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This page is about a Roman author whose cognomen was Avienus. For the Roman gens, see Aviena (gens).

Avienus was a Latin writer of the 4th century AD. An inscription from Bulla Regia, a former Roman city located in modern-day Tunisia, reports his full name as "Postumius Rufius Festus who is also Avienius". He was a native of Volsinii in Etruria,[1] from the distinguished family of the Rufii Festi.[2] He was twice appointed consul, if an inscription published by the 17th-century antiquaries Jacob Spon and Raffaello Fabretti really refers to this Avienus.

Famously asked what he did in the country, he answered Prandeo, poto, cano, ludo, lavo, caeno, quiesco:

Avienus made somewhat inexact translations into Latin of Aratus' didactic poem Phaenomena. He also took a popular Greek poem in hexameters, Periegesis, briefly delimiting the habitable world from the perspective of Alexandria, written by Dionysius Periegetes in a terse and elegant style that was easy to memorize for students, and translated it into an archaising Latin as his Descriptio orbis terrae ("Description of the World's Lands"). Only Book I survives, with an unsteady grasp of actual geography and some far-fetched etymologies: see Ophiussa.

He wrote Ora Maritima, a poem claimed to contain borrowings from the 6th-century BC Massiliote Periplus.[4][5]

Contents

Rufus FestusEdit

This Avienus may be identical with the Rufus Festus who wrote, ca. 369, an epitome of Roman history in the genre called breviarium.[6]

The scholar Theodor Mommsen identified that author with Rufius Festus, proconsul of Achaea in 366, and both with Rufus Festus Avienus. Others take him to be Festus of Tridentum, magister memoriae (secretary) to Valens and notoriously severe proconsul of the province of Asia, where he was sent to punish those implicated in the conspiracy of Theodorus. The work itself (Breviarium rerum gestarum populi Romani) is divided into two parts, one geographical, the other historical.

See alsoEdit

EditionsEdit

  • A. Berthelot: Ora maritima. Paris 1934. (text of reference)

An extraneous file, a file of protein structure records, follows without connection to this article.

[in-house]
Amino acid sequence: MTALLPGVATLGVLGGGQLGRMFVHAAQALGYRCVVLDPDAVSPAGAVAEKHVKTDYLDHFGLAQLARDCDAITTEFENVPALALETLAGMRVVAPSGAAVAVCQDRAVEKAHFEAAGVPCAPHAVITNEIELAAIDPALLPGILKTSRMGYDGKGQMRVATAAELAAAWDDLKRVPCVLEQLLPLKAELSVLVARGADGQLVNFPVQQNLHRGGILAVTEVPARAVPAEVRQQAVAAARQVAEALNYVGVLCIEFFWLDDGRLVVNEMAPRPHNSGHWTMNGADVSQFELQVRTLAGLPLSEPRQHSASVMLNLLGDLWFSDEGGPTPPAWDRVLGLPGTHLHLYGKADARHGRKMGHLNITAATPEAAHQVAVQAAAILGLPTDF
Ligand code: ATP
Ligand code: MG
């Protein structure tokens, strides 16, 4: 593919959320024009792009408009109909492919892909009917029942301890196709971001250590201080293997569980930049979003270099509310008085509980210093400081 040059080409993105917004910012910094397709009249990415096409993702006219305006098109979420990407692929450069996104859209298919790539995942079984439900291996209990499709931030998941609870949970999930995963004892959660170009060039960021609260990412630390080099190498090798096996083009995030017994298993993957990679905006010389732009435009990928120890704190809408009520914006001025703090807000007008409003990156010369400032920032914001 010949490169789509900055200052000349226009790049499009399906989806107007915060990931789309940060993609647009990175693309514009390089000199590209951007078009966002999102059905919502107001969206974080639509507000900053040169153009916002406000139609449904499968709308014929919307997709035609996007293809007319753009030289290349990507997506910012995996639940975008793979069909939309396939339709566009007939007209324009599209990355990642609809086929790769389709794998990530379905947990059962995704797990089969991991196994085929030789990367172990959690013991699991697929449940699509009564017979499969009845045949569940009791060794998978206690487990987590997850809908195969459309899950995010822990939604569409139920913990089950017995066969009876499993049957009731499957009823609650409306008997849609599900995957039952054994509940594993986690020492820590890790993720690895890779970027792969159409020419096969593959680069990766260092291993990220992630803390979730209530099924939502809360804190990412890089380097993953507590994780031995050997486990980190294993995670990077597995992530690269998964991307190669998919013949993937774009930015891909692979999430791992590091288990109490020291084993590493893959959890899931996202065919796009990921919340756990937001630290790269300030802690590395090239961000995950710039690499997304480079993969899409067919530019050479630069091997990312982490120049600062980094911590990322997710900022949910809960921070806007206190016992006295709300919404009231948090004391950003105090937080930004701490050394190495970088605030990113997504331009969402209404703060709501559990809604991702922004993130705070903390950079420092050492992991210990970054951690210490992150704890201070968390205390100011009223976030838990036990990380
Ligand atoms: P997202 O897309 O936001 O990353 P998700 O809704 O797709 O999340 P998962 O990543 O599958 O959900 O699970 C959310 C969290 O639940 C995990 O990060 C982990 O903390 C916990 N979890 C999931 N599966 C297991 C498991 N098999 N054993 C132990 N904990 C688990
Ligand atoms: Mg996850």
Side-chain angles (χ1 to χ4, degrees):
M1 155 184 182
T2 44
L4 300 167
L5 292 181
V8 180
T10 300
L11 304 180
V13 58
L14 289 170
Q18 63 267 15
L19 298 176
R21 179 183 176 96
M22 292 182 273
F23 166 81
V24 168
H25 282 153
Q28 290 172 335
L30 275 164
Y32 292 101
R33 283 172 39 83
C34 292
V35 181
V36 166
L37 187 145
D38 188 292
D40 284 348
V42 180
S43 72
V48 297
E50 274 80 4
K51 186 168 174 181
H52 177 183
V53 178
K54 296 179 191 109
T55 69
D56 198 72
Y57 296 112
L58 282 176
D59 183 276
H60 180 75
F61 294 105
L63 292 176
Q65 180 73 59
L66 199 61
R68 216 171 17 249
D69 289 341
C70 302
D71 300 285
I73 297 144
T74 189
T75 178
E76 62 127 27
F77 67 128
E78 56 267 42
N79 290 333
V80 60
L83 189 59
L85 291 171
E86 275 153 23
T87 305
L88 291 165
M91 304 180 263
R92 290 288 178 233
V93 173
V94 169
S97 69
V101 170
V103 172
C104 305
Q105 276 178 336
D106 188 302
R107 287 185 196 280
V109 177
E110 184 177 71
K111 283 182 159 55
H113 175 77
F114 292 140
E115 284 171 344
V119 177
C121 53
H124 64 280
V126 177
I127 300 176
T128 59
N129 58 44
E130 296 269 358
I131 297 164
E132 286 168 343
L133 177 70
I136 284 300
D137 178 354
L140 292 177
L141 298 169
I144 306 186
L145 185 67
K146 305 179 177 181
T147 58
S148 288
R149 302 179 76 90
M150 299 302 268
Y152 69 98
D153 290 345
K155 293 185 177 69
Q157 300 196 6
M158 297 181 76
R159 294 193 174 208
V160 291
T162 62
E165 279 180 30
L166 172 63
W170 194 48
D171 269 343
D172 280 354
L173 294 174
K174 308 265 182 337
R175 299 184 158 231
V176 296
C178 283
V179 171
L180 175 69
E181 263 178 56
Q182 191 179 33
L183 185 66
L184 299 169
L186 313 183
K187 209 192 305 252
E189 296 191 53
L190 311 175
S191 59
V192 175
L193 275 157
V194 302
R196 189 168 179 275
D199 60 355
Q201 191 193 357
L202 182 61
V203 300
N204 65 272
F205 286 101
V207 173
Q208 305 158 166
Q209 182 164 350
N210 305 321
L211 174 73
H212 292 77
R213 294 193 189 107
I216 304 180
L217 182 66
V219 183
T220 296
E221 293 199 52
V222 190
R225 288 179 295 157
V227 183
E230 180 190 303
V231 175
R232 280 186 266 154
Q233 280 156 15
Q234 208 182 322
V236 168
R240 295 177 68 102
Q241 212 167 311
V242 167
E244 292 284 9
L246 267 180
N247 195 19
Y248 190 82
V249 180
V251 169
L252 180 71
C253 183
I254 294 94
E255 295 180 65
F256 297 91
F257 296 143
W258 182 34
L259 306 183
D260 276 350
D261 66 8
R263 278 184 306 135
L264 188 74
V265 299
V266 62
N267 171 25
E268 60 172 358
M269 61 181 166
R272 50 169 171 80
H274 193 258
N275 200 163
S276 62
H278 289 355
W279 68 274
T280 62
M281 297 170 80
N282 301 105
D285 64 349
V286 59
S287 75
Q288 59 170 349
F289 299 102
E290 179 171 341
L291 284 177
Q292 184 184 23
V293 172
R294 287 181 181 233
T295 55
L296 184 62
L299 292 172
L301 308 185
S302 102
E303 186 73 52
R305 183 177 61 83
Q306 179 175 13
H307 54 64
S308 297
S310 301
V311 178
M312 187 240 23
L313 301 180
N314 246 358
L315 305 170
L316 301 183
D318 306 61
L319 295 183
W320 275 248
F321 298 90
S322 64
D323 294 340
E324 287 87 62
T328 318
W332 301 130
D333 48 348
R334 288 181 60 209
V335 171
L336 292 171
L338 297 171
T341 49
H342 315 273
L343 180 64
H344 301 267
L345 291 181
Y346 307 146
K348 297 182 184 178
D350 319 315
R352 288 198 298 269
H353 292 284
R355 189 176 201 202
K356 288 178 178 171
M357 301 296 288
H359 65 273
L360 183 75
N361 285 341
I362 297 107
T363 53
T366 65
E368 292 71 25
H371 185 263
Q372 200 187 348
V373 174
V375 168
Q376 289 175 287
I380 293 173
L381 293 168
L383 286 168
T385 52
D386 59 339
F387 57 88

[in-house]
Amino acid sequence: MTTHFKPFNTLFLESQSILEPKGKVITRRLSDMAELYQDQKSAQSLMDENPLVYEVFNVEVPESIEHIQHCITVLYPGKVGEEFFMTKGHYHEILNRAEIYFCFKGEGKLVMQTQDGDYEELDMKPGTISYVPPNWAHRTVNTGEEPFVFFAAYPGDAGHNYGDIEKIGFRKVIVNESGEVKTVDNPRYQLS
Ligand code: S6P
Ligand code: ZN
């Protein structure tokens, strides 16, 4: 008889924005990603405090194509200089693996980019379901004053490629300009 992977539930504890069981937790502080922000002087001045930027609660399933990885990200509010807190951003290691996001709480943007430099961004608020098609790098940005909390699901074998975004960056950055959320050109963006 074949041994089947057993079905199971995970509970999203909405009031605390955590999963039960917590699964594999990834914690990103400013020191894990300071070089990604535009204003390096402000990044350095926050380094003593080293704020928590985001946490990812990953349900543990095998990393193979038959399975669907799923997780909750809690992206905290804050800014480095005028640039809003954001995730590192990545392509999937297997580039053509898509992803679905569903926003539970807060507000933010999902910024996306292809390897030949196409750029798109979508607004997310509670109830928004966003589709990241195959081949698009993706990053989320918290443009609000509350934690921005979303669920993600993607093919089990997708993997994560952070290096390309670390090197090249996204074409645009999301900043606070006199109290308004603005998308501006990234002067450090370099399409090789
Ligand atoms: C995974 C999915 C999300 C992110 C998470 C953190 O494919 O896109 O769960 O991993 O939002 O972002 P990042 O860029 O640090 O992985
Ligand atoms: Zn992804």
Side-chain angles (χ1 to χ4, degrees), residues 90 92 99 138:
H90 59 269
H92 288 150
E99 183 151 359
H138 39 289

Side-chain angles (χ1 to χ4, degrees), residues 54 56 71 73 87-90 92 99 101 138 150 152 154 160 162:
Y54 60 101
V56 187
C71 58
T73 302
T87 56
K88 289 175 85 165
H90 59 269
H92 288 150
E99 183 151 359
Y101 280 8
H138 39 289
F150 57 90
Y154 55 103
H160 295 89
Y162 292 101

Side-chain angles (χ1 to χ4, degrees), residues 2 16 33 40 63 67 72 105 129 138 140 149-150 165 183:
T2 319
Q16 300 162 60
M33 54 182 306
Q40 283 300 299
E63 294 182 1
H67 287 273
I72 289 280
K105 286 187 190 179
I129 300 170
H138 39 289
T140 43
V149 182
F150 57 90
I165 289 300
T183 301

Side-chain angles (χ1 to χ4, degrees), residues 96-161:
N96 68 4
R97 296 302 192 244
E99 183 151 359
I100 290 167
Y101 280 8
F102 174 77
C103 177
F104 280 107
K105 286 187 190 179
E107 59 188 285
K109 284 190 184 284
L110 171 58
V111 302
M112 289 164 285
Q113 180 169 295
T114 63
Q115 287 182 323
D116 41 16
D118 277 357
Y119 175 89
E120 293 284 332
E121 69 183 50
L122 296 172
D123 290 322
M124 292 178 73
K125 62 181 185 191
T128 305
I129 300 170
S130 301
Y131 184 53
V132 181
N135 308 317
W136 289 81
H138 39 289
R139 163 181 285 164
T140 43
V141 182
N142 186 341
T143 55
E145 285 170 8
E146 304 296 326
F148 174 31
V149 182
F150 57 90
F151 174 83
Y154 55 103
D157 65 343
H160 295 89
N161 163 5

• J. P. Murphy: Ora maritima or Description of the seacoast. (Chicago) 1977.
  • J. Soubiran: Aviénus: Les Phénomènes d'Aratos. CUF, Paris 1981. (text of reference)
  • D. Stichtenoth: Ora maritima, lateinisch und deutsch. Darmstadt 1968. (the Latin text is that of the editio princeps of 1488 and is better not cited)
  • P. van de Woestijne: Descriptio orbis terrae. Brugge 1961. (text of reference)
Commentaries, monographs and articles
  • F. Bellandi, E. Berti und M. Ciappi: "Iustissima Virgo": Il mito della Vergine in Germanico e in Avieno (saggio di commento a Germanico Arati Phaen. 96 - 139 e Avieno Arati Phaen. 273 - 352), Pisa 2001
  • A. Cameron (1995). "Avienus or Avienius?" (PDF). Zeitschrift für Papyrologie und Epigraphik. 108: 252–262. Retrieved 2006-12-13.
  • Concordantia in Rufium Festum Avienum. Curavit Manfred WACHT. G. Olms Verlag 1995
  • M. Fiedler: Kommentar zu V. 367-746 von Aviens Neugestaltung der Phainomena Arats. Stuttgart Saur 2004
  • C. Ihlemann: De Avieni in vertendis Arateis arte et ratione. Diss. Göttingen 1909
  • H. Kühne: De arte grammatica Rufi Festi Avieni. Essen 1905
  • K. Smolak: Postumius Rufius Festus Avienus. In: Handbuch der lateinischen Literatur der Antike, hrsg. von R. Herzog und P. L. Schmidt, Fünfter Band. Restauration und Erneuerung. Die lateinische Literatur von 284 bis 374 n. Chr., München 1989, S. 320-327
  • D. Weber: Aviens Phaenomena, eine Arat-Bearbeitung aus der lateinischen Spätanike. Untersuchungen zu ausgewählten Partien. Dissertationen der Universität Wien 173, Wien 1986
  • L. Willms Übersetzung, philologischer Kommentar und vergleichende Interpretation des Tierkreises in Aviens Phaenomena (Verse 1014 – 1325) AKAN-Einzelschriften – Antike Naturwissenschaften und ihre Rezeption, vol. 8. Trier WVT 2014
  • P. van de Woestijne: De vroegste uitgaven van Avienus' Descriptio orbis terrae (1488-1515). 1959
  • H. Zehnacker: D'Aratos à Aviénus: Astronomie et idéologie. Illinois Classical Studies 44 (1989), S. 317-329

NotesEdit

  1. ^ Dolan, Marion (22 August 2017). Astronomical Knowledge Transmission Through Illustrated Aratea Manuscripts. Springer. p. 34. ISBN 9783319567846.
  2. ^ Matthews, John (September 1967). "Continuity in a Roman Family; The Rufii Festi of Volsinii". Historia: Zeitschrift für Alte Geschichte. Franz Steiner Verlag: 484–509. JSTOR 4435006.
  3. ^ As recorded in a poem once erroneously attributed to him; English translation by Richard Lovelace.
  4. ^ Donnchadh Ó Corráin Chapter 1 "Prehistoric and Early Christian Ireland", in The Oxford Illustrated History of Ireland, R.L. Foster, ed. (Oxford University Press) 2000 ISBN 0-19-289323-8
  5. ^ "Avienus, Rufus Festus" The Concise Oxford Dictionary of Archaeology, Timothy Darvil, ed.. (Oxford University Press) 2002
  6. ^ Cameron, Alan (1995). "Avienus or Avienius?" (PDF). Zeitschrift für Papyrologie und Epigraphik. Dr. Rudolf Habelt GmbH, Universität zu Köln: 252–262. JSTOR 20189613. Retrieved 18 September 2018.

Further readingEdit

  • Alan Cameron, "Macrobius, Avienus, and Avianus" The Classical Quarterly New Series, 17.2 (November 1967), pp 385–399.

External linksEdit